Venturini’s “Non-supernatural History of the Great Prophet of Nazareth” is related to Bahrdt’s work
|November 24, 2011||Posted by webmaster under All text of Schweitzer Quest Jesus||
Venturini’s “Non-supernatural History of the Great Prophet of Nazareth” is related to Bahrdt’s work as the finished picture to the sketch.
Karl Heinrich Venturini was born at Brunswick in 1768. On the completion of his theological studies he vainly endeavoured to secure a post as Docent in the theological faculty at Helmstadt, or as Librarian at Wolfenbüttel.
His life was blameless and his personal piety beyond reproach, but he was considered to be too free in his ideas. The Duke of Brunswick was personally well disposed towards him, but did not venture to give him a post on the teaching staff in face of the opposition of the consistories. He was reduced to earning a bare pittance by literary work, and finally in 1806 was thankful to accept a small living in Hordorf near Brunswick. He then abandoned theological writing and devoted his energies to recording the events of contemporary history, of which he published a yearly chronicle—a proceeding which under the Napoleonic regime was not always unattended with risk, as he more than once had occasion to experience. He continued this undertaking till 1841. In 1849 death released him from his tasks.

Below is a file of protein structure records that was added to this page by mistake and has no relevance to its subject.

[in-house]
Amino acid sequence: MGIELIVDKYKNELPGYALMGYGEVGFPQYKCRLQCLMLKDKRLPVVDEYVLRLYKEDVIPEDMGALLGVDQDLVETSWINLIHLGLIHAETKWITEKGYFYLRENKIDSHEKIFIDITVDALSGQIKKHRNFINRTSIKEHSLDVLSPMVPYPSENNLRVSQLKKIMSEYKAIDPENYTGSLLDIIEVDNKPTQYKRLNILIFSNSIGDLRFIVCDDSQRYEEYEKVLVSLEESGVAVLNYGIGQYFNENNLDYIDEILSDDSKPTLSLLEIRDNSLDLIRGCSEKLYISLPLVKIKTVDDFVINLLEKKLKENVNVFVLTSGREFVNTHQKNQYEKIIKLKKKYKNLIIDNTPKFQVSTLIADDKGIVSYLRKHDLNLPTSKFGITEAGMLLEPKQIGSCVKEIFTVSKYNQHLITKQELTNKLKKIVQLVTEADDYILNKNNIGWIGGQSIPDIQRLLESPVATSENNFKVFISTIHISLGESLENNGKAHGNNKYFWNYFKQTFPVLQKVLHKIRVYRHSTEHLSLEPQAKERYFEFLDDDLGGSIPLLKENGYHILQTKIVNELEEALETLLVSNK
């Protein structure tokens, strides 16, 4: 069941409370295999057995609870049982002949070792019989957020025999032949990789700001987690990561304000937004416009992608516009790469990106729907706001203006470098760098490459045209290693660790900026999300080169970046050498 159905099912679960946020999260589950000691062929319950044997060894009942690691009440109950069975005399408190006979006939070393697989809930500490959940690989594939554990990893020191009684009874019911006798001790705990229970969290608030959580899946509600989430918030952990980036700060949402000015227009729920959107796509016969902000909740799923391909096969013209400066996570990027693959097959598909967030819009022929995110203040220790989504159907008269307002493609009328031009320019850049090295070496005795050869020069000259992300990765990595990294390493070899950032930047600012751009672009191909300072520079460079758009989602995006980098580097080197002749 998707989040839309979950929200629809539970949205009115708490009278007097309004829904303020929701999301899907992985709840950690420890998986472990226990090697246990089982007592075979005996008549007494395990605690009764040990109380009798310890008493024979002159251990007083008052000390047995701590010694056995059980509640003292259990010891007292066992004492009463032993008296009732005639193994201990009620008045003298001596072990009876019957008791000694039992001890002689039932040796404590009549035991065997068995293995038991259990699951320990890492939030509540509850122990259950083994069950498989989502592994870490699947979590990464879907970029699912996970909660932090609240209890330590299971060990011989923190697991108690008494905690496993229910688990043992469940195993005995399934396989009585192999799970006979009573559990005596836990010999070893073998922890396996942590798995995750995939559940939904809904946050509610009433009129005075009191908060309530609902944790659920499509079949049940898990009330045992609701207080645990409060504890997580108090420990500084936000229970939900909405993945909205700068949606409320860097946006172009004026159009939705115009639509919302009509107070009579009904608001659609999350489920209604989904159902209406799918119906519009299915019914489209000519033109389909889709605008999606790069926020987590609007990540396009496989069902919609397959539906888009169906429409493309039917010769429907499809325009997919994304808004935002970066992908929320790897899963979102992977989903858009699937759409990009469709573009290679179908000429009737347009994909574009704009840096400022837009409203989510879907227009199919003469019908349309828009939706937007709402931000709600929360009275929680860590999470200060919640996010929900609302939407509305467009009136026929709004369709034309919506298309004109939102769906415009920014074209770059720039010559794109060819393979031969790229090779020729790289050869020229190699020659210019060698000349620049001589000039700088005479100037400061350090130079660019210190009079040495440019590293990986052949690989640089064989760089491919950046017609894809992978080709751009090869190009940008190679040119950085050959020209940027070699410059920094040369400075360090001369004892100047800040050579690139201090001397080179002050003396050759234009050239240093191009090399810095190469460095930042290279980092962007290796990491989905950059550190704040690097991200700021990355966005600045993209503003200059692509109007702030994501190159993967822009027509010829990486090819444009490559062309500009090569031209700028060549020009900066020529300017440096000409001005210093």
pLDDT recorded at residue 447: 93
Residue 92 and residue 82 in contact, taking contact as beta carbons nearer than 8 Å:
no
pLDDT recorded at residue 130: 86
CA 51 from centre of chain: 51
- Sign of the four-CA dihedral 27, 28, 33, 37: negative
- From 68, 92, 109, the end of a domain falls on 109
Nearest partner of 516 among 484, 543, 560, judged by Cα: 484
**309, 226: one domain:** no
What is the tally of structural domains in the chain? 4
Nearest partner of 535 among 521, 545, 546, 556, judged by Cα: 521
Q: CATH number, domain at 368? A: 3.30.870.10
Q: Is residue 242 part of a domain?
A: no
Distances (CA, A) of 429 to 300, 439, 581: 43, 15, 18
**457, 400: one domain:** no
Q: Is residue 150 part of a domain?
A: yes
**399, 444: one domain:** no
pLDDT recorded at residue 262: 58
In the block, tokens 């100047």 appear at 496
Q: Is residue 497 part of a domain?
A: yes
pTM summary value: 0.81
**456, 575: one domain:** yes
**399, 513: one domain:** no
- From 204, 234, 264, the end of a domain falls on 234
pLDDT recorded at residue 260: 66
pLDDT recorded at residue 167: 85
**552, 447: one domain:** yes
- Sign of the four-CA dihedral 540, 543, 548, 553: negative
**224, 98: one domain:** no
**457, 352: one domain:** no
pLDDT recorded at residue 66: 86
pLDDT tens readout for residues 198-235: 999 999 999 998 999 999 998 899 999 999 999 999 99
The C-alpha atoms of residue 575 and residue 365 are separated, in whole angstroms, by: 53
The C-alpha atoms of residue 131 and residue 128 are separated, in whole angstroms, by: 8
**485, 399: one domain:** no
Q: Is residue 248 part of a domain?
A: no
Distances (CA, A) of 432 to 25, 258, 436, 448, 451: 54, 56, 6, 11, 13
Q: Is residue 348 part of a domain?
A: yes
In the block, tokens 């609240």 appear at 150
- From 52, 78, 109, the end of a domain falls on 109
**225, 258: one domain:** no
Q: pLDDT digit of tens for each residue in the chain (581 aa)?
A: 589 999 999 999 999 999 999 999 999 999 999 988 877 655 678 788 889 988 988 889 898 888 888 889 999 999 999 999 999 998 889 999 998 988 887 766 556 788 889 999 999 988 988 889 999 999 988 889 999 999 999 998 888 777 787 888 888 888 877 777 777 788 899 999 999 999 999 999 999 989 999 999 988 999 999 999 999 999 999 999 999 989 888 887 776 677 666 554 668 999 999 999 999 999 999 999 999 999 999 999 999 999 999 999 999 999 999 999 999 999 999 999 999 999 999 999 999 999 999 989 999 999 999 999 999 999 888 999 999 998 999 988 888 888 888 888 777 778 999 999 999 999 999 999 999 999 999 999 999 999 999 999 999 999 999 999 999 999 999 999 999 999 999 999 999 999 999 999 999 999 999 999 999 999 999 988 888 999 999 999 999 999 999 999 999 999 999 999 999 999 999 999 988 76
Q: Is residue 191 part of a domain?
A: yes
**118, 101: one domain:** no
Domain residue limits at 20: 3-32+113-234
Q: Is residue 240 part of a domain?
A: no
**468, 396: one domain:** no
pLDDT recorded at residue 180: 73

Venturini’s fundamental assumption is that it was impossible, even for the noblest spirit of mankind, to make Himself understood by the Judaism of His time except by clothing His spiritual teaching in a sensuous garb calculated to please the oriental imagination, “and, in general, by bringing His higher spiritual world into such relations with the lower sensuous world of those whom He wished to teach as was necessary to the accomplishment of His aims.” “God’s Messenger was morally bound to perform miracles for the Jews. These miracles had an ethical purpose, and were especially designed to counteract the impression made by the supposed miracles of the deceivers of the people, and thus to hasten the overthrow of the kingdom of Satan.”
For modern medical science the miracles are not miraculous. He never healed without medicaments and always carried His “portable medicine chest” with Him. In the case of the Syrophoenician woman’s daughter, for example, we can still detect in the narrative a hint of the actual course of events. The mother explains the case to Jesus. After enquiring where her dwelling was He made a sign to John, and continued to hold her in conversation. The disciple went to the daughter and gave her a sedative, and when the mother returned she found her child cured.
Albert Schweitzer's The Quest of the Historical Jesus
|Also in print from Barnes and Noble
As an E-book at: